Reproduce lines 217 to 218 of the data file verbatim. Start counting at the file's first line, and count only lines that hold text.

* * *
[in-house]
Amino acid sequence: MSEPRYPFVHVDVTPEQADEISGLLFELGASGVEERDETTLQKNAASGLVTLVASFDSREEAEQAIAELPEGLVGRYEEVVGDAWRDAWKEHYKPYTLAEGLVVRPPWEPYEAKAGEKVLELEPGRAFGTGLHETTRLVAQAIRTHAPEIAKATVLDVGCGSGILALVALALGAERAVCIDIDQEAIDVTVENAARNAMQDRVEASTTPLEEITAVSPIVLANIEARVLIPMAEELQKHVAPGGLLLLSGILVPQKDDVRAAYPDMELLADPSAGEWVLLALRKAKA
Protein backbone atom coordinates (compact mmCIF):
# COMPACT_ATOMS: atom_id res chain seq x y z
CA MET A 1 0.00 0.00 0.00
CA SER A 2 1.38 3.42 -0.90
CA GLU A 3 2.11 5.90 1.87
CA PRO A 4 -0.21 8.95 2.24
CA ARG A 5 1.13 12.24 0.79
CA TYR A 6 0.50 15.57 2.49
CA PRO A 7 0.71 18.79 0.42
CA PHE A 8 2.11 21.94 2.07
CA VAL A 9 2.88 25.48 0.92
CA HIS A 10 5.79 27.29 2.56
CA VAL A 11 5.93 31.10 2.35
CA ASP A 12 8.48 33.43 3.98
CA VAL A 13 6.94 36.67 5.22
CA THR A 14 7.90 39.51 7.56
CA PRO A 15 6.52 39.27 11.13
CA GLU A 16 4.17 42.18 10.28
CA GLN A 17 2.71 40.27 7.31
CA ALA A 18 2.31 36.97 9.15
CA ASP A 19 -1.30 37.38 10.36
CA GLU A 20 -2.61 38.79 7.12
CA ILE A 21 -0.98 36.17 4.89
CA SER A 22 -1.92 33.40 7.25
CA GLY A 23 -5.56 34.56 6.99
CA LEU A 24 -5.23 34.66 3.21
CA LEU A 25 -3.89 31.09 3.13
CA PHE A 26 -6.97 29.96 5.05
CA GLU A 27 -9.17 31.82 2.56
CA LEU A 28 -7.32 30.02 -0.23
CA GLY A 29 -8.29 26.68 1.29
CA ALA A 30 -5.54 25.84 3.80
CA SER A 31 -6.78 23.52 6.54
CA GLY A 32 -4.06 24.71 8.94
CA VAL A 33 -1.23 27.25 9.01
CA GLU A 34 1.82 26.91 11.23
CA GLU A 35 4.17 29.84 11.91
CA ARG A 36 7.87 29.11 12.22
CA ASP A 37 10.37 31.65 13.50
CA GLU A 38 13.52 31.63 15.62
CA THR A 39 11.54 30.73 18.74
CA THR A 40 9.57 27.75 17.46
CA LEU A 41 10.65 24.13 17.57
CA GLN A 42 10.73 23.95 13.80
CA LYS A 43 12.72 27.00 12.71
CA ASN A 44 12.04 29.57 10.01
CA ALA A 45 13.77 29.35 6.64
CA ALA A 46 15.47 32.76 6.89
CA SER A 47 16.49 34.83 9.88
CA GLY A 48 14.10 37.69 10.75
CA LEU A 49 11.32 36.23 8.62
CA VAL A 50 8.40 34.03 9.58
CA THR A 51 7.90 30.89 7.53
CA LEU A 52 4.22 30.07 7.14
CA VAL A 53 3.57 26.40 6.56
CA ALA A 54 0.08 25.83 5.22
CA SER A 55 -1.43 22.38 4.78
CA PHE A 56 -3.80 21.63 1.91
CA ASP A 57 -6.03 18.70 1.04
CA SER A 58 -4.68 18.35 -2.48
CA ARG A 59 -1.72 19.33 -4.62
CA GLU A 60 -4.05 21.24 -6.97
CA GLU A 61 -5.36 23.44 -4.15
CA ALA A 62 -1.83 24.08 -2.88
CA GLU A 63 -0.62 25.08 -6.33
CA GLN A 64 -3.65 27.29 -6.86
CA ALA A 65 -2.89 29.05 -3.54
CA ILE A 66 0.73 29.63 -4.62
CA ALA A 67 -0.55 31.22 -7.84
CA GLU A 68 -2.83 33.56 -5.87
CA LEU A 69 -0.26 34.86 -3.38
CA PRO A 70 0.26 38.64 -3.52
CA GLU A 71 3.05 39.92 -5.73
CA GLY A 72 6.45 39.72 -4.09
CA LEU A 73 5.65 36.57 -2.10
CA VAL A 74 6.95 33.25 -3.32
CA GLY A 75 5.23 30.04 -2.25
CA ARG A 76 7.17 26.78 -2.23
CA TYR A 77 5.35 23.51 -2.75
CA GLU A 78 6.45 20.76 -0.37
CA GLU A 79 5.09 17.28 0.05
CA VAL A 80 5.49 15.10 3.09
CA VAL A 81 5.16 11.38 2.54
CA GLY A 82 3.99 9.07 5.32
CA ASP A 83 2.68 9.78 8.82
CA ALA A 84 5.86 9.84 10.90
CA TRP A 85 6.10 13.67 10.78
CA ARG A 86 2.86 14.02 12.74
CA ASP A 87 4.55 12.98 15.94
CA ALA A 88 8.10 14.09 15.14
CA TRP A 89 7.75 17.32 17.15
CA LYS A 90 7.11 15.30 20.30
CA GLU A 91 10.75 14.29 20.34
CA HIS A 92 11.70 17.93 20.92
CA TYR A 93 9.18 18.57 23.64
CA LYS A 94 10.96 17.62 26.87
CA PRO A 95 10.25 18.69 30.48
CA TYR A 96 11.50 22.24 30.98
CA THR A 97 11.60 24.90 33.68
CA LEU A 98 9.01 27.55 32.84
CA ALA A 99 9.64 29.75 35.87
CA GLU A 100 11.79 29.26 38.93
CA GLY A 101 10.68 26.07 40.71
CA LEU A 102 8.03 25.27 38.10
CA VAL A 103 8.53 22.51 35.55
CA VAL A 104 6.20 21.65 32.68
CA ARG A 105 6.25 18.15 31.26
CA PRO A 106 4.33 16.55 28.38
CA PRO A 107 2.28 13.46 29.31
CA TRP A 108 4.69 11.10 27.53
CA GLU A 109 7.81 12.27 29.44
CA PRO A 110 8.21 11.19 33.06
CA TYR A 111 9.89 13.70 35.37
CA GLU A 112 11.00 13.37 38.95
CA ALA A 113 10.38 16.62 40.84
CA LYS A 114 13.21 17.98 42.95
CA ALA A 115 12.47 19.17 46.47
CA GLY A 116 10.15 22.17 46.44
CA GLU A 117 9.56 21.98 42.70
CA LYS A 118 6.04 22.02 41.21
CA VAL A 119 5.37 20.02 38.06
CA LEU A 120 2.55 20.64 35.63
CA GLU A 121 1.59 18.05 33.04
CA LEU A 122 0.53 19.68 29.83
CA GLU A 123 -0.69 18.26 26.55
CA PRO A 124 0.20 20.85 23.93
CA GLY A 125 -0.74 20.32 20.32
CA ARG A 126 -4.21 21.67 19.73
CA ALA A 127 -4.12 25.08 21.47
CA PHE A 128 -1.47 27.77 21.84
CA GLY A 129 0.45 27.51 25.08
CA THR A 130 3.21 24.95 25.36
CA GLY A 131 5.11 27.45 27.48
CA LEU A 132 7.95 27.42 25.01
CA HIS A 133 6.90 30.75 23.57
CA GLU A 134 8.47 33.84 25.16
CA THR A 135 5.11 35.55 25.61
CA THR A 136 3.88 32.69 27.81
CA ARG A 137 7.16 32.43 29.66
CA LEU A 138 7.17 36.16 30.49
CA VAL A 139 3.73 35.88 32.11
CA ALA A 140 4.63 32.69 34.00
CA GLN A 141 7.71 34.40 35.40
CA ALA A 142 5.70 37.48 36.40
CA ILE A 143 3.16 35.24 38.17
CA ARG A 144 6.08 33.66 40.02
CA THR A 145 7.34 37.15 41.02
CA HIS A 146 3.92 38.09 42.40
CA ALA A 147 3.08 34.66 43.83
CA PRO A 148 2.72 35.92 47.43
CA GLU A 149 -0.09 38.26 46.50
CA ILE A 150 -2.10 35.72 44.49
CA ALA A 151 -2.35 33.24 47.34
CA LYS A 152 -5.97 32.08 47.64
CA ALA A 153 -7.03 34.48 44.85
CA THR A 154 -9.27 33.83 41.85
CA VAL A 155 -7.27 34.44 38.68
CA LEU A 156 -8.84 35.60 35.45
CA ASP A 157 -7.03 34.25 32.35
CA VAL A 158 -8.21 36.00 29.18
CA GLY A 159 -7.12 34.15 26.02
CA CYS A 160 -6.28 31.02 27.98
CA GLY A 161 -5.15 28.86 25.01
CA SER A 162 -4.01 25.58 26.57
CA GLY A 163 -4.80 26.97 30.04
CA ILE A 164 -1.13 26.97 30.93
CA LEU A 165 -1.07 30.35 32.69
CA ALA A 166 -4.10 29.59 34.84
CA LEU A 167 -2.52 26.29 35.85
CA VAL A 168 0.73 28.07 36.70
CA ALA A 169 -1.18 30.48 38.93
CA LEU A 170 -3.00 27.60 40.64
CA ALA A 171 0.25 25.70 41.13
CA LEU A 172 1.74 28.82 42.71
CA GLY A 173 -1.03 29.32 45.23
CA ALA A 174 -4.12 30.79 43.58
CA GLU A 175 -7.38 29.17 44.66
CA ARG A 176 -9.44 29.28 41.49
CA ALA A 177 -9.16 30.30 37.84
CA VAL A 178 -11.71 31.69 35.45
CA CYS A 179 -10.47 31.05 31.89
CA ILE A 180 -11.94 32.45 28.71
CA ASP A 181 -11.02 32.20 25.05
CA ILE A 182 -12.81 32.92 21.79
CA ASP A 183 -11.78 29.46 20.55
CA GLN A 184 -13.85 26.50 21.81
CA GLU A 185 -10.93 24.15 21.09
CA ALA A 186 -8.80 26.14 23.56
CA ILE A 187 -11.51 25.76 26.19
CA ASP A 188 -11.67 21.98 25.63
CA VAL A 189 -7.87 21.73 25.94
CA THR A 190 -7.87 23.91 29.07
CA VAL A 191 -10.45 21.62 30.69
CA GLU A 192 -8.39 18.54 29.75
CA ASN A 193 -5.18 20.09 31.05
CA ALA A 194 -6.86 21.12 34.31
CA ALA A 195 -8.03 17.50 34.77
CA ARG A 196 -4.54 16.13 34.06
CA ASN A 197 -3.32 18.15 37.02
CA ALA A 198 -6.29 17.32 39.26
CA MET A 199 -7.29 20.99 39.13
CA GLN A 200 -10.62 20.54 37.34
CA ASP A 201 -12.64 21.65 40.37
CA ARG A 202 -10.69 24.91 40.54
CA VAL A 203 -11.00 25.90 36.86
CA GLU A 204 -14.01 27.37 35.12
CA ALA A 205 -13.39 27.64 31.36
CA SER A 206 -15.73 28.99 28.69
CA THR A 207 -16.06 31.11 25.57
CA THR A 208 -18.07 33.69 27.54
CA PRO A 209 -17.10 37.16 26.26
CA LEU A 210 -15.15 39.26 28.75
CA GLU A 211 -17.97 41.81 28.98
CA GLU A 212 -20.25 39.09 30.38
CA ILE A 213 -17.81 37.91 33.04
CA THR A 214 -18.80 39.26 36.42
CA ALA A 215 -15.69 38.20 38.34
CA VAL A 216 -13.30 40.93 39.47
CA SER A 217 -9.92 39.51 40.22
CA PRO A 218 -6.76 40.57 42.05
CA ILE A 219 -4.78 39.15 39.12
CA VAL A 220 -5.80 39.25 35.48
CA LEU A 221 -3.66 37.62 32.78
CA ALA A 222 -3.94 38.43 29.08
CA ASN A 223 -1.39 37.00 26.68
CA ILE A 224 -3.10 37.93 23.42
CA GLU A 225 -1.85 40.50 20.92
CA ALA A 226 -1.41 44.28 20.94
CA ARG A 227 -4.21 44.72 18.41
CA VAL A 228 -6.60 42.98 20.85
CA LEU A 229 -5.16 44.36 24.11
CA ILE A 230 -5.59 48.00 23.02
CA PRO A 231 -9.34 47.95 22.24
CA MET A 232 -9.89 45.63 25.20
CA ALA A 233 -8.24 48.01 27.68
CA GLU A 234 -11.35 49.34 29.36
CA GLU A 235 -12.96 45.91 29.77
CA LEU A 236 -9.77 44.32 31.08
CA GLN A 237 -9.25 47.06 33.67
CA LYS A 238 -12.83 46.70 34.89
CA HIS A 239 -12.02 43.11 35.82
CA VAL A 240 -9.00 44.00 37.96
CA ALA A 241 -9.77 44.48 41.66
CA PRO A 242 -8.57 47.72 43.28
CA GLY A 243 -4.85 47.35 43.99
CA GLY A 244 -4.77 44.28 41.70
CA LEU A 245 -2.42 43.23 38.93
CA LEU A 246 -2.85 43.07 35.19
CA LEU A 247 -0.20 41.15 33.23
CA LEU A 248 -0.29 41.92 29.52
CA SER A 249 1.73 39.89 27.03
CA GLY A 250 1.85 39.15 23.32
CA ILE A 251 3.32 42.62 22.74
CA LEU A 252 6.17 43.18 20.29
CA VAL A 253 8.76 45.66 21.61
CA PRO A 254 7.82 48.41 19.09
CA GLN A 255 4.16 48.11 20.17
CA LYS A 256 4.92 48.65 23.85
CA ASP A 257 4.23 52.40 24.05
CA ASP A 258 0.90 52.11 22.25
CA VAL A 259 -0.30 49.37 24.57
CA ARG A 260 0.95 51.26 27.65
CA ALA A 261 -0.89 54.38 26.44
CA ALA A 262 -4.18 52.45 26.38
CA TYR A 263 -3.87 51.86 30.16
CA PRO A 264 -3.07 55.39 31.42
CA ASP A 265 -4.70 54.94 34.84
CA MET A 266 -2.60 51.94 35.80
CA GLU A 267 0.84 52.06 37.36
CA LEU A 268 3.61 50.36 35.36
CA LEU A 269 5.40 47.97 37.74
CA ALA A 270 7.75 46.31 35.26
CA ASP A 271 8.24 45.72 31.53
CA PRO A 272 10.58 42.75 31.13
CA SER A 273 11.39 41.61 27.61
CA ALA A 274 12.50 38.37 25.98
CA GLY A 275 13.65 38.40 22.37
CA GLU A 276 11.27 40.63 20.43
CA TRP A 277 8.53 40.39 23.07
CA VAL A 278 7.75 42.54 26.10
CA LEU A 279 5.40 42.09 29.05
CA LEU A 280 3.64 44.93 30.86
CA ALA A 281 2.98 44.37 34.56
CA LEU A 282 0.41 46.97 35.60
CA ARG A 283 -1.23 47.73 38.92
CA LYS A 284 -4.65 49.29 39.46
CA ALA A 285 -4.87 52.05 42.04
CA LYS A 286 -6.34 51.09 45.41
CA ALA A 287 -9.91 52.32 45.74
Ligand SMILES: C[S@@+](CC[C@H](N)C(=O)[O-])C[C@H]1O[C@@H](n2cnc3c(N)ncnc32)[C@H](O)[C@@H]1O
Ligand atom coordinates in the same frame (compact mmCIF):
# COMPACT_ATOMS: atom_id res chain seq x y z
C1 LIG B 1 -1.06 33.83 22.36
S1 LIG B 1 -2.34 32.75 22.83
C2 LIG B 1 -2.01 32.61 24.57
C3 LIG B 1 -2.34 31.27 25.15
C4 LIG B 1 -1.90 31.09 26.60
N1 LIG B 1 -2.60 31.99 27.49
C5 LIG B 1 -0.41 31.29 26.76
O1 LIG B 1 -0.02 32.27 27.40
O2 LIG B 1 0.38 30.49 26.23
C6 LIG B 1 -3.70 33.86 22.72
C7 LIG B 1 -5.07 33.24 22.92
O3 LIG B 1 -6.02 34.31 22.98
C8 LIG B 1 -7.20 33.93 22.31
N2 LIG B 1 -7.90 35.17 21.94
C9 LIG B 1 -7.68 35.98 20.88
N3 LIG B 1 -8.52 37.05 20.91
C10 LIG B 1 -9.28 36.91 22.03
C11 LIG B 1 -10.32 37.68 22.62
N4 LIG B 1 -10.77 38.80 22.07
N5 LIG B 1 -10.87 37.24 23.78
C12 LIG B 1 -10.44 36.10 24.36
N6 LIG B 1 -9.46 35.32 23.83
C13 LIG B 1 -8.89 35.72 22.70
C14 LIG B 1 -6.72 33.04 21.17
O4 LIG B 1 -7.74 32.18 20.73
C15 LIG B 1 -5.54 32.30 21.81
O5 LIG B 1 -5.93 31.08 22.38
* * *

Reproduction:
CA ILE A 213 -17.81 37.91 33.04
CA THR A 214 -18.80 39.26 36.42